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Persisting activation in voluntary task switching: it all depends on the instructions

Baptist Liefooghe (UGent) , Jelle Demanet (UGent) and André Vandierendonck (UGent)
(2010) PSYCHONOMIC BULLETIN & REVIEW. 17(3). p.381-386
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Abstract
We tested the hypothesis that persisting activation from a previous task execution does not contribute to the switch cost in voluntary task switching. We reasoned that voluntary task switching requires the selection of random task sequences, which necessitates the active inhibition of previously executed tasks. The asymmetric switch cost was used as a marker for persisting activation. Participants switched voluntarily between color naming and word naming. One group was instructed to select unpredictable task sequences. The other group was not instructed to do so. When participants were instructed to be unpredictable, no asymmetric switch cost was observed. When participants were not instructed to be unpredictable, an asymmetric switch cost was observed. We conclude that the amount of persisting activation in voluntary task switching is limited and that the switch cost in voluntary task switching reflects the time needed for reconfiguring the cognitive system from one task to another rather than the time needed to compensate for persisting activation.
Keywords
EXECUTIVE CONTROL, MEMORY, SET SELECTION, COSTS

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Chicago
Liefooghe, Baptist, Jelle Demanet, and André Vandierendonck. 2010. “Persisting Activation in Voluntary Task Switching: It All Depends on the Instructions.” Psychonomic Bulletin & Review 17 (3): 381–386.
APA
Liefooghe, B., Demanet, J., & Vandierendonck, A. (2010). Persisting activation in voluntary task switching: it all depends on the instructions. PSYCHONOMIC BULLETIN & REVIEW, 17(3), 381–386.
Vancouver
1.
Liefooghe B, Demanet J, Vandierendonck A. Persisting activation in voluntary task switching: it all depends on the instructions. PSYCHONOMIC BULLETIN & REVIEW. 2010;17(3):381–6.
MLA
Liefooghe, Baptist, Jelle Demanet, and André Vandierendonck. “Persisting Activation in Voluntary Task Switching: It All Depends on the Instructions.” PSYCHONOMIC BULLETIN & REVIEW 17.3 (2010): 381–386. Print.
@article{1096370,
  abstract     = {We tested the hypothesis that persisting activation from a previous task execution does not contribute to the switch cost in voluntary task switching. We reasoned that voluntary task switching requires the selection of random task sequences, which necessitates the active inhibition of previously executed tasks. The asymmetric switch cost was used as a marker for persisting activation. Participants switched voluntarily between color naming and word naming. One group was instructed to select unpredictable task sequences. The other group was not instructed to do so. When participants were instructed to be unpredictable, no asymmetric switch cost was observed. When participants were not instructed to be unpredictable, an asymmetric switch cost was observed. We conclude that the amount of persisting activation in voluntary task switching is limited and that the switch cost in voluntary task switching reflects the time needed for reconfiguring the cognitive system from one task to another rather than the time needed to compensate for persisting activation.},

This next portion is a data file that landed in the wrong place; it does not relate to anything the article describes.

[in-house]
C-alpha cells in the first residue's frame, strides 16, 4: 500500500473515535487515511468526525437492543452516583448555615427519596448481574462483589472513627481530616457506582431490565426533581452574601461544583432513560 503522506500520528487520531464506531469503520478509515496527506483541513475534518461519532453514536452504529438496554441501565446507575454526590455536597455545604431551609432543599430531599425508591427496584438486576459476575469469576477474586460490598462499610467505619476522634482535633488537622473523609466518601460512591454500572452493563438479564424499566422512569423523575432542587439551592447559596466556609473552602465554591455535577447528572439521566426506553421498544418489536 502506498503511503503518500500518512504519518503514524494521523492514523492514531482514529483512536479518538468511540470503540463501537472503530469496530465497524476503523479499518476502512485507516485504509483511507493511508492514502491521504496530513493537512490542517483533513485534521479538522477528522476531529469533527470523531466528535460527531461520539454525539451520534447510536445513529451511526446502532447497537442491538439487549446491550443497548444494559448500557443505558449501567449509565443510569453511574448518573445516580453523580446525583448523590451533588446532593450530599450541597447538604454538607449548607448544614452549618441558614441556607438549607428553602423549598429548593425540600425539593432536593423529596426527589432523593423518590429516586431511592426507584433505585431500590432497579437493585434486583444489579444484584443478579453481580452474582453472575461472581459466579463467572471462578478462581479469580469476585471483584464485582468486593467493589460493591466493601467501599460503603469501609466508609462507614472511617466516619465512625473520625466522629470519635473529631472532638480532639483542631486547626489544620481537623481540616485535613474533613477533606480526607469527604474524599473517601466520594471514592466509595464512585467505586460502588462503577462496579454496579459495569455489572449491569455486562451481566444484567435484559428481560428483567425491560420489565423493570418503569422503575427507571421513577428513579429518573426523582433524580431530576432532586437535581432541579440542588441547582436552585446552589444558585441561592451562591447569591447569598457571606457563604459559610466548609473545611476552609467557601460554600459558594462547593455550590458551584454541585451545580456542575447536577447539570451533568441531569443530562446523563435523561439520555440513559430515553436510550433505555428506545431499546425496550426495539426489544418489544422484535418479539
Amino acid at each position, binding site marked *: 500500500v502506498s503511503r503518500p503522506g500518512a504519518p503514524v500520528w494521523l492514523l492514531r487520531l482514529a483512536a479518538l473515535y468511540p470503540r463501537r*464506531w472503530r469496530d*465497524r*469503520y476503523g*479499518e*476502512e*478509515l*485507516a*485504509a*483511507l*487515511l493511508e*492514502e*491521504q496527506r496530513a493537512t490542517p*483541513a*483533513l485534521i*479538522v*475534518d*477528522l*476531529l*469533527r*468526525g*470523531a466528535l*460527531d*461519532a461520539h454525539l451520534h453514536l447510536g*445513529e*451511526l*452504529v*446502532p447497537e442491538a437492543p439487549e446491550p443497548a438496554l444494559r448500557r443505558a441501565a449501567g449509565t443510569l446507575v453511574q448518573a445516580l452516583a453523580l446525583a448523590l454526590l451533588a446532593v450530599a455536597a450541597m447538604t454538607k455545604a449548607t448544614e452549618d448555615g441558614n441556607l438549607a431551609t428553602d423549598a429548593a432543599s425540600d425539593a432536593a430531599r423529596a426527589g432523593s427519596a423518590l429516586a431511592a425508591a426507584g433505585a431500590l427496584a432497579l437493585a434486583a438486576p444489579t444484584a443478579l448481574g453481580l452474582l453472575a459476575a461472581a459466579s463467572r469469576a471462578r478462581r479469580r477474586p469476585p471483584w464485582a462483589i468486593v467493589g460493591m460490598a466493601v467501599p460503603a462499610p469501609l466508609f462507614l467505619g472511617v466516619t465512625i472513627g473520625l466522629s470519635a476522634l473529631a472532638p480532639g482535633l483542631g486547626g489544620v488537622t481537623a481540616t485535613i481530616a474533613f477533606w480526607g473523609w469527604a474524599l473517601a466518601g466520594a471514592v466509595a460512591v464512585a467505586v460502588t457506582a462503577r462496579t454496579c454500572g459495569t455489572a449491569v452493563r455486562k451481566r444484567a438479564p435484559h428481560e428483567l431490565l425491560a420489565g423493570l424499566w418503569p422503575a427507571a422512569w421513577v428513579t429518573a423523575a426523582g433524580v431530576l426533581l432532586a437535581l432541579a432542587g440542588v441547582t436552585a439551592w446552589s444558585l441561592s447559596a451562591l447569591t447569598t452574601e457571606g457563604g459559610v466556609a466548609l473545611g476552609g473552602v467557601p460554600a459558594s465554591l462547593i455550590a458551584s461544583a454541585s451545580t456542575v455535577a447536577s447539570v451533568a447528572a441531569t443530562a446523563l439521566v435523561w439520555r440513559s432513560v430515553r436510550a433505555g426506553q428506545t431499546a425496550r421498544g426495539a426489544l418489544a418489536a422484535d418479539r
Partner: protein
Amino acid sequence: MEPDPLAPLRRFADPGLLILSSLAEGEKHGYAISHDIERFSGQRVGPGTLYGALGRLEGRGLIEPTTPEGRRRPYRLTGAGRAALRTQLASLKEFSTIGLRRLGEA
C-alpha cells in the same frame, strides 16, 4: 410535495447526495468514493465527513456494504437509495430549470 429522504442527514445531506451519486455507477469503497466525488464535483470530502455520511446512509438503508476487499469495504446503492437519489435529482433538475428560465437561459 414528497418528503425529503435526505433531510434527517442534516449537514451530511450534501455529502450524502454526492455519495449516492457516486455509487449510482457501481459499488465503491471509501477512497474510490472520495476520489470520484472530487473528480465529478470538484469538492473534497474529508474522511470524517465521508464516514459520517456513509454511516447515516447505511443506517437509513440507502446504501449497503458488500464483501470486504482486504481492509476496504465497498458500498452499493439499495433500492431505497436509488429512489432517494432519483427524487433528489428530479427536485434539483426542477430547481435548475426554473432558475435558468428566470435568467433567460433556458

author       = {Liefooghe, Baptist and Demanet, Jelle and Vandierendonck, Andr{\'e}},
  issn         = {1069-9384},
  journal      = {PSYCHONOMIC BULLETIN \& REVIEW},
  keyword      = {EXECUTIVE CONTROL,MEMORY,SET SELECTION,COSTS},
  language     = {eng},
  number       = {3},
  pages        = {381--386},
  title        = {Persisting activation in voluntary task switching: it all depends on the instructions},
  url          = {http://dx.doi.org/10.3758/PBR.17.3.381},
  volume       = {17},
  year         = {2010},
}

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